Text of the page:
Iran, Cuba's COVID-19 vaccine project proceeds to clinical trial phase II
Iran Press TV
Wednesday, 20 January 2021 11:11 AM
A coronavirus vaccine project being jointly pursued by Iran and Cuba has entered phase II of its clinical trials, with no side effects having been reported so far.
Cuba and Iran signed an agreement earlier this month to cooperate in the coronavirus vaccine project with the use of a technology that will be transferred to Iran by Havana.
The vaccine, known as Subrana 2, is now undergoing its human phase trials by the Cuban Finlay Institute and the Pasteur Institute of Iran.
The vaccine, which is the most advanced one among Cuba's four other coronavirus vaccines, has so far shown no side effects, as the initial stages of its testing have been completed successfully.
Iran also launched human trials of its first domestic coronavirus vaccine late last month.
The vaccine, known as COViran Barekat, is being produced under the health protocols and guidelines announced by the Ministry of Health and Medical Education.
Mohammad Mokhber, the director of the Headquarters for Executing the Order of Imam Khomeini, which is developing the vaccine, said on Monday that the third stage of the trials would see the injection of the vaccine to 56 volunteers.
The homegrown vaccine, Mokhber said, has been tested on volunteers in previous stages successfully without causing any side effects.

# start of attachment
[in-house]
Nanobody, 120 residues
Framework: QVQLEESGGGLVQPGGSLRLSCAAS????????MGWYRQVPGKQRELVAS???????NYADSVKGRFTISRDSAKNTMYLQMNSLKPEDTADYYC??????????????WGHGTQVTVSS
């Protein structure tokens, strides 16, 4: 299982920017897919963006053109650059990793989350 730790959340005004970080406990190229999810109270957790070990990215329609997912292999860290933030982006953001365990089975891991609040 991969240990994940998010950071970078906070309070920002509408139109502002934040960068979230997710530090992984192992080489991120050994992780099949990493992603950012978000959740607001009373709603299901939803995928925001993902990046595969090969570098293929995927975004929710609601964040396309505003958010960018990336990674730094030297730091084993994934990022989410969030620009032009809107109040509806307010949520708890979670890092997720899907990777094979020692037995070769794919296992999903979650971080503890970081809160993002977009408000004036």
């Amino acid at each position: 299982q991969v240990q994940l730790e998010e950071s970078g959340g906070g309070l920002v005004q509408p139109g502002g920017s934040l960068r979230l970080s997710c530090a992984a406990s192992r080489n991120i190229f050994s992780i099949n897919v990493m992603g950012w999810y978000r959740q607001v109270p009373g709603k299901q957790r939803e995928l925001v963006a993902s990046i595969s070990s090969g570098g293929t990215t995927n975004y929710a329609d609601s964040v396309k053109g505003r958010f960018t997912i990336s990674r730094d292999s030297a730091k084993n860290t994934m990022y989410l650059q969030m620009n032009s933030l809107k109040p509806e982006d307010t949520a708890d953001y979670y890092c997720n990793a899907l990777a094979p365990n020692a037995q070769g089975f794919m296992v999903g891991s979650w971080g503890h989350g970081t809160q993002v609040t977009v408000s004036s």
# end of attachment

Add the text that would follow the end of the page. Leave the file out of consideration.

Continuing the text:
"We are trying to increase the production volume of the vaccine to up to three million doses per month in the next month," he said.
Iran will reach the production of 14 million doses of the vaccine within the next four months with the continuation of this trend, according to Mokhber.
This comes as Iran is under illegal sanctions imposed by the United States, which have hampered its access to medical equipment and pharmaceuticals and have complicated the process of importing vaccines from other countries.
A second domestic vaccine has also been approved by both the Iranian Food and Drug Administration and the Iranian National Committee for Ethics in Biomedical Research.
If it passes the first phase successfully, the acceptable dose of the vaccine will be determined, and based on the results of phase I, the second phase will begin with 500 people, according to the proposed protocol by the Razi Vaccine and Serum Research Institute.
The National Committee for Ethics in Biomedical Research and the senior experts will supervise the project in all stages of the trial.
Some 12 companies have so far applied to produce the vaccine, according to Kianoush Jahanpour, the head of the Information Center of the Ministry of Health.
Earlier this month, the Iranian Red Crescent Society (IRCS) canceled the import of 150,000 doses of the Pfizer vaccine after Leader of the Islamic Revolution Ayatollah Seyyed Ali Khamenei banned the purchases of vaccines produced by the United States and Britain.
President Hassan Rouhani said on Saturday that his government was doing its best to roll out mass vaccination in two months, with the priority given to medical staff and high-risk individuals.
Health officials on Wednesday confirmed 6,182 new cases of COVID-19 infection in the past 24 hours in Iran, bringing the total caseload to 1,348,316.
Health Ministry spokeswoman Sima-Sadat Lari said that 1,137,812 patients had so far recovered, but 4,214 remained in critical condition.
She also provided a daily death toll of 84.
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